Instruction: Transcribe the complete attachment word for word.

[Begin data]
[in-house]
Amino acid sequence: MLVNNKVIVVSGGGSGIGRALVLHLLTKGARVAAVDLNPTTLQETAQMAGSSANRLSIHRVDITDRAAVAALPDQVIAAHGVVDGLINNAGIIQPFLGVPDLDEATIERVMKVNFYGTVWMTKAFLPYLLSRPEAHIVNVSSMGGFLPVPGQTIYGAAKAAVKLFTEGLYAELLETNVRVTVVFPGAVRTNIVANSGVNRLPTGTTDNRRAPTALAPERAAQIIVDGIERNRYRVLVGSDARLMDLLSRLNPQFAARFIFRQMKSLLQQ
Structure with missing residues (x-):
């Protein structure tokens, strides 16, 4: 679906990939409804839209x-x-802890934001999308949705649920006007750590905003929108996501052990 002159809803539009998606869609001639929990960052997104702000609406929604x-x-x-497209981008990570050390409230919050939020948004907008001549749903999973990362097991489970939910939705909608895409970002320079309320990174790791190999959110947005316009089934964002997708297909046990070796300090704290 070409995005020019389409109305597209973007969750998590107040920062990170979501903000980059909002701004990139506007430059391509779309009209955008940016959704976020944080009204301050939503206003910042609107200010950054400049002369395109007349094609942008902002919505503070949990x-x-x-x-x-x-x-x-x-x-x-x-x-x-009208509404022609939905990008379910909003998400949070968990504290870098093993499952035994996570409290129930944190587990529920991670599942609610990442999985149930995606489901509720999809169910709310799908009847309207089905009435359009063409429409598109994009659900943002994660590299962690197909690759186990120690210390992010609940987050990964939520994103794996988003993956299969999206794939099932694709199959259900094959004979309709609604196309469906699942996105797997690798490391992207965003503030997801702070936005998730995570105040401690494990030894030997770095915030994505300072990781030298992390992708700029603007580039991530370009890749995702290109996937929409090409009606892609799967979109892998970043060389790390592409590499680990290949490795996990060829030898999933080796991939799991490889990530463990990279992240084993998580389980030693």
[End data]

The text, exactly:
[in-house]
Amino acid sequence: MLVNNKVIVVSGGGSGIGRALVLHLLTKGARVAAVDLNPTTLQETAQMAGSSANRLSIHRVDITDRAAVAALPDQVIAAHGVVDGLINNAGIIQPFLGVPDLDEATIERVMKVNFYGTVWMTKAFLPYLLSRPEAHIVNVSSMGGFLPVPGQTIYGAAKAAVKLFTEGLYAELLETNVRVTVVFPGAVRTNIVANSGVNRLPTGTTDNRRAPTALAPERAAQIIVDGIERNRYRVLVGSDARLMDLLSRLNPQFAARFIFRQMKSLLQQ
Structure with missing residues (x-):
């Protein structure tokens, strides 16, 4: 679906990939409804839209x-x-802890934001999308949705649920006007750590905003929108996501052990 002159809803539009998606869609001639929990960052997104702000609406929604x-x-x-497209981008990570050390409230919050939020948004907008001549749903999973990362097991489970939910939705909608895409970002320079309320990174790791190999959110947005316009089934964002997708297909046990070796300090704290 070409995005020019389409109305597209973007969750998590107040920062990170979501903000980059909002701004990139506007430059391509779309009209955008940016959704976020944080009204301050939503206003910042609107200010950054400049002369395109007349094609942008902002919505503070949990x-x-x-x-x-x-x-x-x-x-x-x-x-x-009208509404022609939905990008379910909003998400949070968990504290870098093993499952035994996570409290129930944190587990529920991670599942609610990442999985149930995606489901509720999809169910709310799908009847309207089905009435359009063409429409598109994009659900943002994660590299962690197909690759186990120690210390992010609940987050990964939520994103794996988003993956299969999206794939099932694709199959259900094959004979309709609604196309469906699942996105797997690798490391992207965003503030997801702070936005998730995570105040401690494990030894030997770095915030994505300072990781030298992390992708700029603007580039991530370009890749995702290109996937929409090409009606892609799967979109892998970043060389790390592409590499680990290949490795996990060829030898999933080796991939799991490889990530463990990279992240084993998580389980030693």